soldiers

Do I feel better knowing they are around??

Most people from outside Colombia worry about the FARC, but right now – with the FARC in peace negotiations, paramilitaries like ELN and AUC are the bigger problem.  These violent groups clash with everyone who gets in their way; townspeople, the army, and even the FARC.  So anyone (like the Army) that keeps them at bay – is well, awesome!

You bet ya!

You bet ya!

DSCN1911

While both the governmental tour agency and the military officers I spoke with report that there has been minimal paramilitary activity in the La Macarena area for the last several years (8 to 10 years is what I was told), the Colombian state of Meta has an active area for paramilitary activities for the duration of the 50+ year conflict.  I found only one fairly recent report (August 2014) of paramilitary activity in other parts of Meta.  The majority of reports date back to 2006 – 2010, so it’s been fairly quiet lately.  Even so, it’s good to know that there are 2500 active duty soldiers in the area surrounding La Macarena.

Miguel (forefront) from the Colombian military patrols La Macarena

Miguel (forefront) from the Colombian military patrols La Macarena

It’s quiet enough that some of the soldiers spend time performing community activities, like helping paint the town, which is one of the local projects to enhance the image of La Macarena for tourists.

a soldier helps a young girl with the community painting project

a soldier helps a young girl with the community painting project

La Macarena: the town

Aside from the large military population, La Macarena is a small little village – with just a few paved streets at the center of town.  Most of the buildings are squat and square with a few second story and one tall four-story hotel tower..

We spent the evenings watching local entertainment – singers and dancers or enjoying a cervecita while playing tejo and enjoying the cool evening breeze.

usaquen

In Capitol City


Long time readers know that I am addicted to the capital city of Colombia.  So there was no way that I wasn’t going to take a few days to head over to Bogotá the moment I had a chance.  I just got back – and before I head off on my adventure to La Macarena tomorrow, I thought I’d post an update.

Charlie’s Place

8D y 106-84

Usaquen

Since I was just stopping in for a few days, I decided to forgo renting my usual apartment.  It’s a good thing I did or I would have missed out on getting to know the folks over at Charlie’s Place, a boutique hotel and spa in Usaquen.

CharliesPlace

It’s probably not for everyone – people who want to be in the middle of the tourist areas of Bogotá should stick to La Candeleria.  Business travels on large expense accounts can head to the big-name chains.  But for people like me, who want to be in the north side of Bogotá, around Barrio Chico and Usaquen, Charlie’s Place is ideal.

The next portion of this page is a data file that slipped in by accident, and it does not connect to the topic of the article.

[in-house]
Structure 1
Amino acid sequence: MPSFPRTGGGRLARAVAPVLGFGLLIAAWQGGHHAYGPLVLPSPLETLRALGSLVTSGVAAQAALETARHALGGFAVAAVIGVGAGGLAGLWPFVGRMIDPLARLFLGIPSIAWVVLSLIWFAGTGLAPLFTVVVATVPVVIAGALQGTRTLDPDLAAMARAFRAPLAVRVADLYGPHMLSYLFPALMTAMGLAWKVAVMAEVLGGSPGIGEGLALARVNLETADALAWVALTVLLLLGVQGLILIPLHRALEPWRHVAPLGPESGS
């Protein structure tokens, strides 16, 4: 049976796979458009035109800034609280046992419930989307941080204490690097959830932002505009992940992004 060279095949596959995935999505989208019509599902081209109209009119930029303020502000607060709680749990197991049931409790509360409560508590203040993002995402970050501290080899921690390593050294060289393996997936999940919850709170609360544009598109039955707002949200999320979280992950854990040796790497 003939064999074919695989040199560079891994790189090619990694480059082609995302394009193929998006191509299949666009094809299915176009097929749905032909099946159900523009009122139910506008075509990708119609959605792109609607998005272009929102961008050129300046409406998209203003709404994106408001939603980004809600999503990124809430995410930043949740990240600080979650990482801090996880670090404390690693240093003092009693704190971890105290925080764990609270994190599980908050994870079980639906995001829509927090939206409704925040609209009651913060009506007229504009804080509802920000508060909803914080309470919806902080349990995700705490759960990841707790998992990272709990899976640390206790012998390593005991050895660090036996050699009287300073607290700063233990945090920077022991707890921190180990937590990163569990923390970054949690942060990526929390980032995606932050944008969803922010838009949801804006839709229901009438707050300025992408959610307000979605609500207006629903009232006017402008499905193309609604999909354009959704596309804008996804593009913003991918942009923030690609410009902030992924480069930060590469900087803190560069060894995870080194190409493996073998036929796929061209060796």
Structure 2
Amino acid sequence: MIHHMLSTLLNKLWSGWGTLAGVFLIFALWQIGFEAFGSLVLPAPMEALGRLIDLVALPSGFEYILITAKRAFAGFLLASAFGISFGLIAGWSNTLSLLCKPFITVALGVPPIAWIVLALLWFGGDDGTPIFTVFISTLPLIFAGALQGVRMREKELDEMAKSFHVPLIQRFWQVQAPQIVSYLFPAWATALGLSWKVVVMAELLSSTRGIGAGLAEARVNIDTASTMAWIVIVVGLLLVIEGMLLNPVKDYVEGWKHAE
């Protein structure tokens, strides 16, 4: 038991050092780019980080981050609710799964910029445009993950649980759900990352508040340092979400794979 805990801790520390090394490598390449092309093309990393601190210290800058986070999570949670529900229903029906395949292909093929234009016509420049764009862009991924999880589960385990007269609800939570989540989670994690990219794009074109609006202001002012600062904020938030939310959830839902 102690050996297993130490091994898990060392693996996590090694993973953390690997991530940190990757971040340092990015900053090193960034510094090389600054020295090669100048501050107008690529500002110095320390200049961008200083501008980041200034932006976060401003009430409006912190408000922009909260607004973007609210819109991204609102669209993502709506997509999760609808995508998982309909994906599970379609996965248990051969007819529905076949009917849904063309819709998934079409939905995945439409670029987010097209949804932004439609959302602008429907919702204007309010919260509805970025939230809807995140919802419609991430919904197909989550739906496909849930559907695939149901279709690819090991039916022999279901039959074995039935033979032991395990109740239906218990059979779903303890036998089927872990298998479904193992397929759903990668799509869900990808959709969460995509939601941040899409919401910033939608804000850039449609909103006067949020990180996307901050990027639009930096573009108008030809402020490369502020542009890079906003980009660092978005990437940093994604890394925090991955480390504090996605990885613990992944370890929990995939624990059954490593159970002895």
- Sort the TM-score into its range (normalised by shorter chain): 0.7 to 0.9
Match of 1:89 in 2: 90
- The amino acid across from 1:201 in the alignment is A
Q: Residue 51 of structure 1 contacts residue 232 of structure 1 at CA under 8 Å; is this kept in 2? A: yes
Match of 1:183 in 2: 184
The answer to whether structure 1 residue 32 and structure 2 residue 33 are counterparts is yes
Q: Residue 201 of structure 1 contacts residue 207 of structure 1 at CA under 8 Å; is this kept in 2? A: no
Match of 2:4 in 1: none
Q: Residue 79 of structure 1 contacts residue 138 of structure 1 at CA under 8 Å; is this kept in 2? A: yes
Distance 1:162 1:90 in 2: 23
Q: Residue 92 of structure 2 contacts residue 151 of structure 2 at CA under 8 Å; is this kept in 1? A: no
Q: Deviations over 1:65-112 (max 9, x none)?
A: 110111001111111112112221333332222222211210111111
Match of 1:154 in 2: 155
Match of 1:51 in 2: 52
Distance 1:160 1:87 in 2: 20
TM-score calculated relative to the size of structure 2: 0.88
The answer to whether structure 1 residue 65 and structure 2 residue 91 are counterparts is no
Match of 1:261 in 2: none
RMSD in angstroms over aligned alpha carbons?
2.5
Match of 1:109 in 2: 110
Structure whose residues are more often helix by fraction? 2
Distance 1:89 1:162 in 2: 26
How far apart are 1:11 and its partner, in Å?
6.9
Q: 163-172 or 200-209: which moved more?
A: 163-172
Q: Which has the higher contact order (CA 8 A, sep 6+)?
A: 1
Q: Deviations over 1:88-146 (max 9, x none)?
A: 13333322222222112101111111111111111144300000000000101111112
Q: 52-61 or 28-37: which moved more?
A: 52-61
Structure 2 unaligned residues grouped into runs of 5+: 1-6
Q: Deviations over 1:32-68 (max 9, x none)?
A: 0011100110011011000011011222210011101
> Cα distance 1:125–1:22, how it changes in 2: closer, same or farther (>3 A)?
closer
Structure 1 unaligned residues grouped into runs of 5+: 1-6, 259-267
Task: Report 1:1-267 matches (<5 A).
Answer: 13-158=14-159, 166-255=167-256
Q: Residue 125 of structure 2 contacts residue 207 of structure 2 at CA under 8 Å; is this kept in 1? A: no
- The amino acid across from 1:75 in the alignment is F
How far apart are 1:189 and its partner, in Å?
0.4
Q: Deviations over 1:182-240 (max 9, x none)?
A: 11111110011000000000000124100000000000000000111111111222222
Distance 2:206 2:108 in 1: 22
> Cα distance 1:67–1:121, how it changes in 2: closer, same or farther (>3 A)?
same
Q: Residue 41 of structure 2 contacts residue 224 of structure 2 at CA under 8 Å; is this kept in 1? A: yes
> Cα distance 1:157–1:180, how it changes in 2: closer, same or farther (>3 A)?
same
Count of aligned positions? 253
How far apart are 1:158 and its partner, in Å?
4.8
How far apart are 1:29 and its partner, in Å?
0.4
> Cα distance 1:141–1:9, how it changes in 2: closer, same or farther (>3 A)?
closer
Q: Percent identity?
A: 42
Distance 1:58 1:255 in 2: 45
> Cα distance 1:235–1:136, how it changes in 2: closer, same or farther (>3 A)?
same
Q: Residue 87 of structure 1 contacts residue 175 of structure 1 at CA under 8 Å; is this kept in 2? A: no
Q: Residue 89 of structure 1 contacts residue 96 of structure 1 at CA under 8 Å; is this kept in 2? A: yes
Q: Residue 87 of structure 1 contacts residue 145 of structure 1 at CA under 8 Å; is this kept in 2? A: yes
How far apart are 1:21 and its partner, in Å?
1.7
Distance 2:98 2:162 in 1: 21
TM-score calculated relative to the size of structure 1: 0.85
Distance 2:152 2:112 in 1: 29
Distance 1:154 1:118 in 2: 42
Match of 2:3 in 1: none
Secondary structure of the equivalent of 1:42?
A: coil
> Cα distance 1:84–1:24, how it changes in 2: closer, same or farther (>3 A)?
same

With just 22 rooms, the hotel is very cozy and accommodating.  The manager, Wilson, is a Minnesota native and is delightfully charming and easy-going.  The rest of the staff including Daniela and Javier are equally polite, friendly and helpful.  (There’s a reason Charlie’s Place is consistently rated as excellent by Trip Advisor for the last several years.)  The best part is that the rates are fair and the service is excellent.

Once I was comfortably settled, it was time to get back out and enjoy the brisk weather.  (The weather is one of the reasons I love this city!)  My first stop was over at SaludCoop where the doctors and nurses were nice enough to answer some questions about the ongoing healthcare crisis.

The Colombian Public Health Care Crisis

Right now, the public health system, EPS and SaludCoop are going broke.  Basically, much of the money paid in by members of the health care cooperative has disappeared (been embezzled), leaving hospitals with bare cupboards.  Hospital staff are feeling the pinch as payroll arrives late, in diminished amounts, or in some cases, not at all.   (There are rumors that the money was funneled into the purchase of luxury apartments, fancy vacations and the like).  There have been some protests and work stoppages by health care workers, but unfortunately, the local unions have been unwilling to support their efforts.

Unfortunately, the government seems apathetic to the concerns of the healthcare workers and their patients. The Minister of Health, Alejandro Gaviria went so far as to say that the health care crisis was a “lie” in a recent press conference, following up on his previous twitter (June 2015) and blog comments (Feb 2015), even going so far as quoting Christopher Hitchens in his defense of the health care system.  Of course, no where in his statement does he talk about healthcare workers going without pay or operating rooms without suture.  But he’s not alone in his apathy.

Most of the local politicians  couldn’t even be bothered to show up to a legislative session on the issue.  Only 9 members of the House of representatives (out of 166) attended.